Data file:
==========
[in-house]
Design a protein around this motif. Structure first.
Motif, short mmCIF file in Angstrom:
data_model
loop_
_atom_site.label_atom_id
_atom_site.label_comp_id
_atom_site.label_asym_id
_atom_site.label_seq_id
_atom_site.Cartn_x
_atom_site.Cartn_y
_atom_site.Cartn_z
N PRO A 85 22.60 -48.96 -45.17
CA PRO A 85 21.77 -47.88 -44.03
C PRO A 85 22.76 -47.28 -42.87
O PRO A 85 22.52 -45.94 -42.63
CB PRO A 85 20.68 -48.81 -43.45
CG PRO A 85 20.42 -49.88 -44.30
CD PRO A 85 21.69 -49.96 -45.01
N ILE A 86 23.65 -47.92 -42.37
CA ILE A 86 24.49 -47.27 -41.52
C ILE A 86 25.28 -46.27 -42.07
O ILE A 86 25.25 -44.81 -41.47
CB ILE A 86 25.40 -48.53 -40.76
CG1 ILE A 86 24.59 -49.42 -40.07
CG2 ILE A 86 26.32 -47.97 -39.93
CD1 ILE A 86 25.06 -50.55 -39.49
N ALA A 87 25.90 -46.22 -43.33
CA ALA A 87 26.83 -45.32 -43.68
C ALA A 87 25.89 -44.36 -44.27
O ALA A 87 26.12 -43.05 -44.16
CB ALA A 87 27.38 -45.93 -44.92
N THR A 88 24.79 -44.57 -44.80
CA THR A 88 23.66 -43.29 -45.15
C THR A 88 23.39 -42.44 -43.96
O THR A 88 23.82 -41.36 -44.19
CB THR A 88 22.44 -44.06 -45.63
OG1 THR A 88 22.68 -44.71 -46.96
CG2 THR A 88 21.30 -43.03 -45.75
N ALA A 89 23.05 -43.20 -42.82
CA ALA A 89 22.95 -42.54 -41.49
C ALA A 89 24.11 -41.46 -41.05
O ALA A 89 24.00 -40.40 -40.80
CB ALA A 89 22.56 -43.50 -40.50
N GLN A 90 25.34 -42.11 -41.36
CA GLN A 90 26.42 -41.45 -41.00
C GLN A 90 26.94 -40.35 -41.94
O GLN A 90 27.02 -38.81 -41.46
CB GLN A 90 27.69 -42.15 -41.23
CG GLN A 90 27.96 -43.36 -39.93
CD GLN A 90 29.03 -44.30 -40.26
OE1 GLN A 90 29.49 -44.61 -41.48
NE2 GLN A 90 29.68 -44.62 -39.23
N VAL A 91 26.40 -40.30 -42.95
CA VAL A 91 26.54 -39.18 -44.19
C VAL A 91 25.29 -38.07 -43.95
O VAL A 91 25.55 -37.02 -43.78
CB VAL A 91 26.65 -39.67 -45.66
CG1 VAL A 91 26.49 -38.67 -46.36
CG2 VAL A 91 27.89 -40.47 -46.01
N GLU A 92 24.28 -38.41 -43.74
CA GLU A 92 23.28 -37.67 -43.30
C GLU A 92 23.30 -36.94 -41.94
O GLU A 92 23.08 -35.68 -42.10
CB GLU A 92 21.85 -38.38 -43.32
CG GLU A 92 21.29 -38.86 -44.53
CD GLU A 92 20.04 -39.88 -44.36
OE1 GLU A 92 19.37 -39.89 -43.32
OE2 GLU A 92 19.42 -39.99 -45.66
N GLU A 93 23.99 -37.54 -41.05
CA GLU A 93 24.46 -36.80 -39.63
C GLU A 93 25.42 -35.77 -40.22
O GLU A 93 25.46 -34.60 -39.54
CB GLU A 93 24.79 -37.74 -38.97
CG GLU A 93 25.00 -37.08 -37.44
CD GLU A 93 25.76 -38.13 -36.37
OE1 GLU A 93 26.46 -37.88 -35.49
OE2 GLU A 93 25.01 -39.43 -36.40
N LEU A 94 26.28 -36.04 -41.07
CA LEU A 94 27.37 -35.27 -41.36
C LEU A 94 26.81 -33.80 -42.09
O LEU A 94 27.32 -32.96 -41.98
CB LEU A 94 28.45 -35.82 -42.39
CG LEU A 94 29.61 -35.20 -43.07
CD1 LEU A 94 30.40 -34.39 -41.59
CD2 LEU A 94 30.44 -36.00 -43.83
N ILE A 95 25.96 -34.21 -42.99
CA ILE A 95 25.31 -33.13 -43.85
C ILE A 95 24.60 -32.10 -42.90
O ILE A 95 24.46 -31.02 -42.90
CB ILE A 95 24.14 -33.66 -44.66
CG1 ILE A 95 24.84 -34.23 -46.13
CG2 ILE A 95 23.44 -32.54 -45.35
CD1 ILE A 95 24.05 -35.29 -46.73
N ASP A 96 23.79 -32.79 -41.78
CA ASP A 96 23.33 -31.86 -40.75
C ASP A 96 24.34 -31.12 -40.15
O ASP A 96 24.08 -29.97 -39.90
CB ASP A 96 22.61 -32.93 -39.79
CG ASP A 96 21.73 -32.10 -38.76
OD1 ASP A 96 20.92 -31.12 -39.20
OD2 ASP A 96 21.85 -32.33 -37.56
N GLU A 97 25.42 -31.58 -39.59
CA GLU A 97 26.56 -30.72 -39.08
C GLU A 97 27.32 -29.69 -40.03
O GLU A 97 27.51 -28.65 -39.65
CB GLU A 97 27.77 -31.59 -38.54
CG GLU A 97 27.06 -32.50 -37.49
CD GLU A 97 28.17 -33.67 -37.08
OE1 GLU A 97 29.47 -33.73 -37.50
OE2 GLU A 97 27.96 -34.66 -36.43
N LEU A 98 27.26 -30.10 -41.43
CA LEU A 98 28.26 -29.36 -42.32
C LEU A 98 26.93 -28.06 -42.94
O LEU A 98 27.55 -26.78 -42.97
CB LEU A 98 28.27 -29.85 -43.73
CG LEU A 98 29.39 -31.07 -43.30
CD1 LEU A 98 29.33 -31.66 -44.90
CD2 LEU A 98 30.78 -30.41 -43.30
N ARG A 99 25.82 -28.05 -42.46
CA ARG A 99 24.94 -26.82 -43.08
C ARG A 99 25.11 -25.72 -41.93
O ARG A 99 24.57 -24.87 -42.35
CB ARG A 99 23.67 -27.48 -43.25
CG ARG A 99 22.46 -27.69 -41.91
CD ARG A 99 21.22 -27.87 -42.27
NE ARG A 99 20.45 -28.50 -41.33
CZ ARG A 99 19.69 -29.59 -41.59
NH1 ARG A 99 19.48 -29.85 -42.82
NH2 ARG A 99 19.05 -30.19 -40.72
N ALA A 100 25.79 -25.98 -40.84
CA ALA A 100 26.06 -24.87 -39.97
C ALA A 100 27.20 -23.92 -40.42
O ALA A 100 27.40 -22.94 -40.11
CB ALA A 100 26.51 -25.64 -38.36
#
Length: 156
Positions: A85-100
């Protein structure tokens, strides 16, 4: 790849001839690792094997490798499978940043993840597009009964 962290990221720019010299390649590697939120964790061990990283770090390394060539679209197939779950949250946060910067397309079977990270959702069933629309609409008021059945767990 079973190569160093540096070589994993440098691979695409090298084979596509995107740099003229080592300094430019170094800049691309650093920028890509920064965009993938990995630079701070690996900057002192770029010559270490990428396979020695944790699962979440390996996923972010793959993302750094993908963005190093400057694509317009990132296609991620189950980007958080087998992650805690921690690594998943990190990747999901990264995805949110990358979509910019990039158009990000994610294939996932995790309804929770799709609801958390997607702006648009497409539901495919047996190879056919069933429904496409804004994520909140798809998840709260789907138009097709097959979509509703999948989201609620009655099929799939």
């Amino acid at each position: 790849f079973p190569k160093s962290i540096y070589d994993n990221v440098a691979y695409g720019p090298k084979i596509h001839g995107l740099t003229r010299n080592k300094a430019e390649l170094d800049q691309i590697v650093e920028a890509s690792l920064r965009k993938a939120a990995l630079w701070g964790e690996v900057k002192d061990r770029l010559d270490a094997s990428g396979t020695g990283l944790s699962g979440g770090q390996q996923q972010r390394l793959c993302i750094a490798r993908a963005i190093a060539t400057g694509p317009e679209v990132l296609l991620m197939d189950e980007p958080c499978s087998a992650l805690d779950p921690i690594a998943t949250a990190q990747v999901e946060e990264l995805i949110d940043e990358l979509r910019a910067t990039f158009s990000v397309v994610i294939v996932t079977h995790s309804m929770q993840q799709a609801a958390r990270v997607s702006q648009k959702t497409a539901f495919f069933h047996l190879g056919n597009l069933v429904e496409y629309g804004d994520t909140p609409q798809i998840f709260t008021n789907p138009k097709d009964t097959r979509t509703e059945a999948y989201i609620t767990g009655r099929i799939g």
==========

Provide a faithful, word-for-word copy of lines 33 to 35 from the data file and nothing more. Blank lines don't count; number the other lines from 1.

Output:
N THR A 88 24.79 -44.57 -44.80
CA THR A 88 23.66 -43.29 -45.15
C THR A 88 23.39 -42.44 -43.96